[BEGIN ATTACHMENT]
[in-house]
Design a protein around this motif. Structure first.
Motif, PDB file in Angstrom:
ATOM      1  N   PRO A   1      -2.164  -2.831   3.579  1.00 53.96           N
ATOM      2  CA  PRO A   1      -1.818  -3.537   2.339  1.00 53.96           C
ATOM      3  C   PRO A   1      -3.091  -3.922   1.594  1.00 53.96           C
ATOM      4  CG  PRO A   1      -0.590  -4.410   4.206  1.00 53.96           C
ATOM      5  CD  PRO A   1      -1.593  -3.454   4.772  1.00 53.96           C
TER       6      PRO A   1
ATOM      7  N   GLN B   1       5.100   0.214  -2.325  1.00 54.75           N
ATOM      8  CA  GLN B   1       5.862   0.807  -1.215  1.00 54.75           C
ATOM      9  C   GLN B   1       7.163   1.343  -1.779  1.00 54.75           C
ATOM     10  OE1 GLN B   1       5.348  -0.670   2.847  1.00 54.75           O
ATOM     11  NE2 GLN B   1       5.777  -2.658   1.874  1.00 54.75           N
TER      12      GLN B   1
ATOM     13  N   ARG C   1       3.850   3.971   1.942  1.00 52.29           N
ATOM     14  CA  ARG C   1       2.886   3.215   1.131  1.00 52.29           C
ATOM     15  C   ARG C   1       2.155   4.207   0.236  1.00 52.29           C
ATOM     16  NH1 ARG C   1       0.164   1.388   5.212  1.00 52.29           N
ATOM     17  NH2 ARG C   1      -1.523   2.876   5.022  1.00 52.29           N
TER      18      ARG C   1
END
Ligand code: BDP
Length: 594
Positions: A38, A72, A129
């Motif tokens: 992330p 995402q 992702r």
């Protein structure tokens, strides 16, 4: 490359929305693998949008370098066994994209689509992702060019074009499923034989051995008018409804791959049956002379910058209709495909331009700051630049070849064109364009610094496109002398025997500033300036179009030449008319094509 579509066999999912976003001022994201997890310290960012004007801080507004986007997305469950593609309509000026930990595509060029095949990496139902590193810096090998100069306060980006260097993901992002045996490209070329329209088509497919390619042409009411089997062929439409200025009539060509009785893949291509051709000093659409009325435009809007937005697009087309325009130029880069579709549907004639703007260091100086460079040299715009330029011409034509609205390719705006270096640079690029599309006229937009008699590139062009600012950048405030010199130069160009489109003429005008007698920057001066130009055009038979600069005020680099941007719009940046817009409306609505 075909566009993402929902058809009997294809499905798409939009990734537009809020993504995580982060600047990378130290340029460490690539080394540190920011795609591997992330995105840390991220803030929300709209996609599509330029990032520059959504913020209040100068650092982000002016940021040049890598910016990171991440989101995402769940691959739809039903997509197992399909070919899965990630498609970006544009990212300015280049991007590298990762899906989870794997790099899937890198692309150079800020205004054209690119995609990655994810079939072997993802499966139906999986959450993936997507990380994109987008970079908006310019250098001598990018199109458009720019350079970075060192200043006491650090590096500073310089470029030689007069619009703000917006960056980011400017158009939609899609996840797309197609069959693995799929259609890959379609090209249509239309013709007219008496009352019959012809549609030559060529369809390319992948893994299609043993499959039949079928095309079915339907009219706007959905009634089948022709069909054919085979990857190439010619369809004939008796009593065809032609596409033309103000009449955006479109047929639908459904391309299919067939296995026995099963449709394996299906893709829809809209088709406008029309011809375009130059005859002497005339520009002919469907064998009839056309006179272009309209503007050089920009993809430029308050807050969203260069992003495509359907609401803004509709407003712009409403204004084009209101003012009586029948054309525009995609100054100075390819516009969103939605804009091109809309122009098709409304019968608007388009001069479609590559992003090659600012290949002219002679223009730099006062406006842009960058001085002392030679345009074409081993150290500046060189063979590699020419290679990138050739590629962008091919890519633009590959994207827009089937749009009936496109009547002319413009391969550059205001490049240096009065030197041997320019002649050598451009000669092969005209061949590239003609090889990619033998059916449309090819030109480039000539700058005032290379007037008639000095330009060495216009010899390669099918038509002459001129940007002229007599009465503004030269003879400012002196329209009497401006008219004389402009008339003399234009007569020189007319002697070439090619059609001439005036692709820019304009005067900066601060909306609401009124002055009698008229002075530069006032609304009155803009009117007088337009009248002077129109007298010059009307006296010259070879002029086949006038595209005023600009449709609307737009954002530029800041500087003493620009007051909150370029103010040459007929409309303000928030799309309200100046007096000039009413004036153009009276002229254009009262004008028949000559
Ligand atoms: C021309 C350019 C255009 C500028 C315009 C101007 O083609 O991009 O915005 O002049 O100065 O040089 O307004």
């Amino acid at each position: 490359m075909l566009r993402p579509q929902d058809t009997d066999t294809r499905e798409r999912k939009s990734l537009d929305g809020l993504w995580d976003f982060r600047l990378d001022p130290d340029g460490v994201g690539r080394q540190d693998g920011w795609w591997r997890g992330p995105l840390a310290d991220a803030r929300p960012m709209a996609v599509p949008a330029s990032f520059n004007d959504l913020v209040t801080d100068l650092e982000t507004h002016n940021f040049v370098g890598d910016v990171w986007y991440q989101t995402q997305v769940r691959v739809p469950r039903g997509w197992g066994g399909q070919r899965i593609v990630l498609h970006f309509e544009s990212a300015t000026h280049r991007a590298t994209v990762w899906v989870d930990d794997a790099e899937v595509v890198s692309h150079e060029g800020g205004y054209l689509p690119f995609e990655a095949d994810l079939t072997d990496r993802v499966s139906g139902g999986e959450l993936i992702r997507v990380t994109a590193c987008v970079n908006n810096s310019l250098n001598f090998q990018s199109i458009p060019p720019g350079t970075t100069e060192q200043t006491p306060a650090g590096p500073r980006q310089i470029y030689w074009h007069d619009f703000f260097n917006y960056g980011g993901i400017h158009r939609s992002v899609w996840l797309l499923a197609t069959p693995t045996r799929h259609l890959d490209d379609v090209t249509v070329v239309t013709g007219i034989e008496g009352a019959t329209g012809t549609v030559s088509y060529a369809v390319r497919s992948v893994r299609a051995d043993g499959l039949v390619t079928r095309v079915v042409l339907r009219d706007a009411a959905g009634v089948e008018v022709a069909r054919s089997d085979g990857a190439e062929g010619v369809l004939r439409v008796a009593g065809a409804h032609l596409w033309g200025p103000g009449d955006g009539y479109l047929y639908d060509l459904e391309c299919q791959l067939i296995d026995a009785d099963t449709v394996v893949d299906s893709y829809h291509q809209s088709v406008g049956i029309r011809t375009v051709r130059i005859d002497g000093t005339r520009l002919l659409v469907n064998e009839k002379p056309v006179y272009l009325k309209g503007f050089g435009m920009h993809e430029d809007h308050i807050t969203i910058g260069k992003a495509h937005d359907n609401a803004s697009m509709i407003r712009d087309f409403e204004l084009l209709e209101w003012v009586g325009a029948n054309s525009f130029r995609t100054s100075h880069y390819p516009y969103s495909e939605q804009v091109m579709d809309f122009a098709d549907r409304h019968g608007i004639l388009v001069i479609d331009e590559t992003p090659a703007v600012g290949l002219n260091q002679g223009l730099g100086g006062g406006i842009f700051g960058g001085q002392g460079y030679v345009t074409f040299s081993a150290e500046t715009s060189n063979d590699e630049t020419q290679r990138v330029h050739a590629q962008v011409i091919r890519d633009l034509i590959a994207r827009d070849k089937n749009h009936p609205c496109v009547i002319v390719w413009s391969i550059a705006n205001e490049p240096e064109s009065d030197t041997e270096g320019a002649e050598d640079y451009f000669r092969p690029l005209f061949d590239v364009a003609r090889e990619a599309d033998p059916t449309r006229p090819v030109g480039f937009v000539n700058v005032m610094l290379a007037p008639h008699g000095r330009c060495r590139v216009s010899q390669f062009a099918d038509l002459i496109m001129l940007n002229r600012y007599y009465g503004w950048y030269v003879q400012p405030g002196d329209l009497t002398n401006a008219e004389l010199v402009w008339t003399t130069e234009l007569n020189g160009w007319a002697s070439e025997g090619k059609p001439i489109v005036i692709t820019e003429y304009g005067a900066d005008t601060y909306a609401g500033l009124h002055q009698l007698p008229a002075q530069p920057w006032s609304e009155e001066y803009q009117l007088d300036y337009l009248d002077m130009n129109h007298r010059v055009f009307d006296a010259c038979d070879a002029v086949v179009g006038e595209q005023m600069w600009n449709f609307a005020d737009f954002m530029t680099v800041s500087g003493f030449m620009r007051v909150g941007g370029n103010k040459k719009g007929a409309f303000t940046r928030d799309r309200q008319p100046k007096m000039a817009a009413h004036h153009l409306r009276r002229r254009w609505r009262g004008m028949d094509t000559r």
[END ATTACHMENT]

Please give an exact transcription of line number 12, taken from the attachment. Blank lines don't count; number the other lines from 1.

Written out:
ATOM      9  C   GLN B   1       7.163   1.343  -1.779  1.00 54.75           C